Contact Bob Williamson at RobertMW2@cs.com.

45

12:11 am
November 30, 2016
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Will Legacy Turbine Owners Embrace New Monitoring Platforms?

16ARCadvisoryARC Advisory Group recently released a new market research study on smart control and monitoring solutions for legacy turbines, and, surprise, there’s “low-hanging” fruit for companies. Slight kidding aside, turbines have been around for some time and so have their legacy control platforms — mostly proprietary.

The research study from ARC suggests that power plants and self-powered factories could keep their turbines but upgrade their control (and monitoring) platforms solutions to achieve better uptime. As an industry analyst recently said to me, “It’s hard to calculate an ROI for turbine projects, but a legacy control system will eventually fail and, due to missing spare parts, cause extended downtime.

Due to so many open industrial networking protocols, a new control and monitoring platform can integrate pretty easily into current turbine equipment. And, more importantly, it allows for better visibility into a turbine’s compressors and pumps, for example. The ability to monitor 18 different sensors in the combustion chamber and see it clearly on a computer screen in the control room is hugely valuable and hard to put into dollar terms.

However, many companies are starting too.

Back in September, Maintenance Technology’s IIoT section reported on Mitsubishi’s HiTec Paper mill IIoT program. The company added 26 smartcheck vibration sensors to better monitor a cooling system for its four-story coated thermo-sensitive paper system. After installing the vibration sensors at the cost of €25,500, the paper manufacturer reported a €10,500 ROI due to the avoidance of three failures, service-loss, and machine damage.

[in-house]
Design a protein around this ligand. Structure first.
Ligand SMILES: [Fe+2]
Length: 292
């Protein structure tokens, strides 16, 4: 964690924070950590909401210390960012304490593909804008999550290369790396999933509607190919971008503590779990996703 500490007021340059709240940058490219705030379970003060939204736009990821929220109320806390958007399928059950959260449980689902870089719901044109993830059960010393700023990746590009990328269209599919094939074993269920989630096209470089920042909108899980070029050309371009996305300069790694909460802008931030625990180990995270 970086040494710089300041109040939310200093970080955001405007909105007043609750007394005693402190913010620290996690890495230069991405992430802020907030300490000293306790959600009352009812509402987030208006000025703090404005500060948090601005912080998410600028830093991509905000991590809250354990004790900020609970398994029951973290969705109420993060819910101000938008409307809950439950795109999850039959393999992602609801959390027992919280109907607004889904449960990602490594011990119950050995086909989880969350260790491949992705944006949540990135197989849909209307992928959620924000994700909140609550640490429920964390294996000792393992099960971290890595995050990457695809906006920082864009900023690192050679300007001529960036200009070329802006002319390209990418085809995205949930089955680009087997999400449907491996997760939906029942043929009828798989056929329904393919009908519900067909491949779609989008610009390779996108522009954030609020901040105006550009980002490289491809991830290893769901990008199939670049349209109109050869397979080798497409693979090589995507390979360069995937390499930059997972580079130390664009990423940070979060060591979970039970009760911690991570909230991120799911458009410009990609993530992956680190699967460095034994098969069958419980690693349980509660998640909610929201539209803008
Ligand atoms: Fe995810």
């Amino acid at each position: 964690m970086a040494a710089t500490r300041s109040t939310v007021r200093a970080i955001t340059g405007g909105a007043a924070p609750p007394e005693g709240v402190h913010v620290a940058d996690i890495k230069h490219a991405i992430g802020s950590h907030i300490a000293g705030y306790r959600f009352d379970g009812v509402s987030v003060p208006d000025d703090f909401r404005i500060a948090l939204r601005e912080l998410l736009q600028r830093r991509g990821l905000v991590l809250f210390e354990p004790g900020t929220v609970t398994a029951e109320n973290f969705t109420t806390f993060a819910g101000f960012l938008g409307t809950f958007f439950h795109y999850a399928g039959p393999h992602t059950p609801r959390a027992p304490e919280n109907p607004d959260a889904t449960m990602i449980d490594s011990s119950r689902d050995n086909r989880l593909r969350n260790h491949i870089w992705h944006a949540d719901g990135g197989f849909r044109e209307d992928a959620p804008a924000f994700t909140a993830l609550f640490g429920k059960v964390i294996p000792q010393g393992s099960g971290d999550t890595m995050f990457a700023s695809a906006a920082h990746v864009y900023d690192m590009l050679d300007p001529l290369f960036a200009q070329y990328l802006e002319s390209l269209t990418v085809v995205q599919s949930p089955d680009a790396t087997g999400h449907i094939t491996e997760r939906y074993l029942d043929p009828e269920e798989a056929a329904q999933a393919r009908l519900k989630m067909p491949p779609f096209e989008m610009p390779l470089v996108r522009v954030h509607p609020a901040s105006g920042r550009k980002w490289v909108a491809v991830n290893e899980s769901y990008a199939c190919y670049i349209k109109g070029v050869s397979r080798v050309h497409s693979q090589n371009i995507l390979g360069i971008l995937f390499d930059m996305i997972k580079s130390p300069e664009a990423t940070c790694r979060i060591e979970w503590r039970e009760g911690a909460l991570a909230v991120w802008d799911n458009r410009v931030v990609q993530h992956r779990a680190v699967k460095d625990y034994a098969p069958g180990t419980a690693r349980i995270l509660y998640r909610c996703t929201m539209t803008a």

>> Related Content | Video: Quick Return on Investment for IIoT Project

Plus, Tim Shea reported in a recent blog post that this might kick-in a service component for automation suppliers:

In addition, IIoT offers opportunities to apply new kinds of business models that will promote growth. Turbine monitoring & controls suppliers may start selling energy or mechanical drive for compression services if they also offer turbines or they could partner with turbine manufacturers to offer remote monitoring and control services for a monthly or yearly fee.

The ARC market research study is for 2017 and reports a sluggish year for this market, but this could change as the political winds have shifted towards the oil and gas market (via this overview link).

We’ll see.